(USA TODAY) -- The fate of the missing Malaysian Airlines jet believed to have disappeared off the coast of Vietnam almost three days ago with 239 people aboard remains a mystery, officials said.
Malaysia's civil aviation head, Azharuddin Abdul Rahman, speaking to reporters in Kuala Lumpur Monday, said that investigators have so far not found anything that could be part of the missing plane.
But that statement came as Vietnam sent helicopters to investigate a floating "yellow object" suspected of being a life raft from flight MH370 bound for Beijing, Reuters reported. Vietnam's civil aviation body later ruled that out, saying the object was not from the plane.
Separately, six planes and seven ships from Vietnam have so far been unable to find an object spotted by a low-flying plane on Sunday afternoon, authorities said.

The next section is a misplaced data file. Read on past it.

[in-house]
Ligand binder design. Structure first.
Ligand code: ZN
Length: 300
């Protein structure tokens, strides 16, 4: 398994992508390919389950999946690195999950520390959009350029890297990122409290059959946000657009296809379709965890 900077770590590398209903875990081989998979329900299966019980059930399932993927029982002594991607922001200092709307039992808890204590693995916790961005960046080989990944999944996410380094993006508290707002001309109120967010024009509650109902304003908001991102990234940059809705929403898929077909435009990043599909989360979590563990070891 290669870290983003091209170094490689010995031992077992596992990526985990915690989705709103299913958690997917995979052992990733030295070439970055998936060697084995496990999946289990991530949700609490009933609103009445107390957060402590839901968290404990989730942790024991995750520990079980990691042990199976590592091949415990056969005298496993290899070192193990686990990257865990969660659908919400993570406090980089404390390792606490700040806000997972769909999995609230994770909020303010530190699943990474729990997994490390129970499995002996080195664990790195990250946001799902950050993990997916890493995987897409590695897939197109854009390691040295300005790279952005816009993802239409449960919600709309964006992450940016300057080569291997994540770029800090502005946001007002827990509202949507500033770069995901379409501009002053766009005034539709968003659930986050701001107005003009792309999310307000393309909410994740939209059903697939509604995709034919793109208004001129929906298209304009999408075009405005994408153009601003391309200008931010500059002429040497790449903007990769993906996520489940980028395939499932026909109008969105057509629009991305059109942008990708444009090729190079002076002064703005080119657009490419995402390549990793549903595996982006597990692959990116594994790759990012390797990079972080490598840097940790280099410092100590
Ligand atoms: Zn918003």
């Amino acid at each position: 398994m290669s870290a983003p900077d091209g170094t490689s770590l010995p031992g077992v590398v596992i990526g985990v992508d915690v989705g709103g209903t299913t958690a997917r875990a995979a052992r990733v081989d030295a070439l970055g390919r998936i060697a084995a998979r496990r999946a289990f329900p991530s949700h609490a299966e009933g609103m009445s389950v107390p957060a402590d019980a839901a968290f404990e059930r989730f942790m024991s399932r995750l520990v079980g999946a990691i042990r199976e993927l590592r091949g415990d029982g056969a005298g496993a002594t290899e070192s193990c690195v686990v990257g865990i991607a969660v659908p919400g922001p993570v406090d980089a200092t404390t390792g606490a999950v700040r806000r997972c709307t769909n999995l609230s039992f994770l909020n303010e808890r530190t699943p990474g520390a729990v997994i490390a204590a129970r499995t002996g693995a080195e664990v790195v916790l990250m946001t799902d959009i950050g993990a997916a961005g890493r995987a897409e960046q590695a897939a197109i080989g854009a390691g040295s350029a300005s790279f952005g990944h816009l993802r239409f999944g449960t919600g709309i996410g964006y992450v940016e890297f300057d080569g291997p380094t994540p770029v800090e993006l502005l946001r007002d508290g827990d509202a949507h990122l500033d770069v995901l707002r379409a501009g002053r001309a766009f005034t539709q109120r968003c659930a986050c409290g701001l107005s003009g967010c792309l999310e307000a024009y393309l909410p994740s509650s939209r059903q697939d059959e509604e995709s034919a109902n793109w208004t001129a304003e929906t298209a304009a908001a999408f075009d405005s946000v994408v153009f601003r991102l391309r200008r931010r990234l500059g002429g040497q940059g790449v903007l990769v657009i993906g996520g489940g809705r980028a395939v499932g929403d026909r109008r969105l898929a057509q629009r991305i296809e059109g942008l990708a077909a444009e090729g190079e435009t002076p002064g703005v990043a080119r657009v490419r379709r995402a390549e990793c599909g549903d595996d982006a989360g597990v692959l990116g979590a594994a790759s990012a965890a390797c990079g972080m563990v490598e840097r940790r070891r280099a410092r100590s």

Doan Huu Gia, the chief of Vietnam's search and rescue coordination center, said the search for the rectangular piece of debris has proved unsuccessful.
Vietnamese officials said they believe the object is one of the plane's doors, according to local news media reports.
Vietnam civil administration chief Pham Viet Dung said search teams from several countries sent boats to the area about 56 miles south of Tho Chu island, in an area where an oil slick was spotted Saturday. Malaysian maritime officials found some oil slicks in the South China Sea and sent a sample to a lab to see if it came from the plane, Rahman told a news conference on Monday.
Authorities said earlier that they had spotted an object in the area that turned out not to be from the plane.
Flight MH370 vanished early Saturday two hours into a scheduled six-hour flight from Kuala Lumpur. A Malaysian official said Sunday the plane may have tried to return before disappearing.
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